# How to prove this theorem?

Let Un be the number of words with length $n$ in the alphabet ${0,1}$ that have the property of not having consecutive zeros. Prove that:

$$U_1 = 2, U_2= 3, U_n = U_{n-1} + U_{n-2}.$$

I am stuck with this proof ... I know that this is related somehow to the fibonacci sequence and that the theorem might be proved by using strong mathematical induction. Any help is appreciated.

• Consider two cases: Whether the first letter in the word is one, or whether it is zero. Count the number of words in each case, in terms of the previous $U_i$s. – Andrés E. Caicedo Mar 1 '14 at 1:56

Hint:

Let $A_n$ be the words $U_n$ describes.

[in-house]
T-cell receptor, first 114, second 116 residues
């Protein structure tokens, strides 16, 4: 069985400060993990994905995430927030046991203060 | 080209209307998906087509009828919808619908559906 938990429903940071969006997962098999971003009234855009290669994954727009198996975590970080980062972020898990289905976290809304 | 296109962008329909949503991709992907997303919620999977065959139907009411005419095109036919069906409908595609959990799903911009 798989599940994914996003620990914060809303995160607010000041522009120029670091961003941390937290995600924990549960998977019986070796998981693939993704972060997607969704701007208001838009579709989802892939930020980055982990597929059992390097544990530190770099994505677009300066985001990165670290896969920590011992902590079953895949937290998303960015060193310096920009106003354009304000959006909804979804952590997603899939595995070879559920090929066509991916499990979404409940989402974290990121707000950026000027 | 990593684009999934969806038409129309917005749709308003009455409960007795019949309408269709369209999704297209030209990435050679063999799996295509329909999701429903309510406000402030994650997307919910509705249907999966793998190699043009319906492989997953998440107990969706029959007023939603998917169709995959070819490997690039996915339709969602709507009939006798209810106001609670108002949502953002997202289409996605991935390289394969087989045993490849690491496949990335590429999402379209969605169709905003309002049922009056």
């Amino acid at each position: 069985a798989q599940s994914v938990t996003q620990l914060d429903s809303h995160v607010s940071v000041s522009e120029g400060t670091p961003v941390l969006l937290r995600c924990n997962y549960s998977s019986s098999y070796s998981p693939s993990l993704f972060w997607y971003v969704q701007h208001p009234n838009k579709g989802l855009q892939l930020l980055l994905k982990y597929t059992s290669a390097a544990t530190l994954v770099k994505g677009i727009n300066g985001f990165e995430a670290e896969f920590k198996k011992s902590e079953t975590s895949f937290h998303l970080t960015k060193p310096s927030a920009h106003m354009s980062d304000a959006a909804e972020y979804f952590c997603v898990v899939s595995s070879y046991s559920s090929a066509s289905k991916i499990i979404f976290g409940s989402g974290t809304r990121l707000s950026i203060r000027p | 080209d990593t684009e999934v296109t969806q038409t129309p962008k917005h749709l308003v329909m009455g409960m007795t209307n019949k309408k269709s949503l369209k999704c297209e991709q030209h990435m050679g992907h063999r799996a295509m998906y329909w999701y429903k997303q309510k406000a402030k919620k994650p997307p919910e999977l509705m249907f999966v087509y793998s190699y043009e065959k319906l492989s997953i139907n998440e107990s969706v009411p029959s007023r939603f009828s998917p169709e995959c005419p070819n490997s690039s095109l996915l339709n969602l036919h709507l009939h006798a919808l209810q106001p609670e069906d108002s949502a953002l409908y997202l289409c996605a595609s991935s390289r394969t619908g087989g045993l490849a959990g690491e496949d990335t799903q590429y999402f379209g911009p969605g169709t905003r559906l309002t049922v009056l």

$A_1 = \{0,1\}$

$A_2 = \{01,10,11\}$

How can you write $A_3$ in terms of $A_1$ and $A_2$? Let's have the first number of $A_3$ be either $0$ or $1$ and put $A_2$ at the end. If you start with a $1$, any $A_2$ will make $A_3$ valid. If you start with a $0$ and $A_2$ starts with a $1$, $A_3$ will be valid. So there are $2+3$ cases, which also is $U_2 + U_1$.

$A_3 = \{010, 011, 101, 110, 111\}$

Now try it with $A_4$. There are $3$ cases that start with $1$. This is $U_2$. Can you see why? Then, if the starting number of $A_4$ is $1$, then everything in $U_3$ works. The number of elements in $U_4 = U_3 + U_2$.

Hopefully you can take it from there.

• I think you want a different name for $\{0,1\}$ (the set, note that $U_1$ is the size of the set, rather than the set itself). Same for $U_2,U_3$. – Andrés E. Caicedo Mar 1 '14 at 2:16
• @AndresCaicedo I was considering that, but I wasn't sure. I'm going to change it. – qwr Mar 1 '14 at 2:25
• Some suggestions: $U_n$ counts $A_n$ (rather than describe it). Then, you look at the first number of a word in $A_3$, and can put any word in $A_2$ at the end. Similar changes at other places of course. – Andrés E. Caicedo Mar 1 '14 at 2:36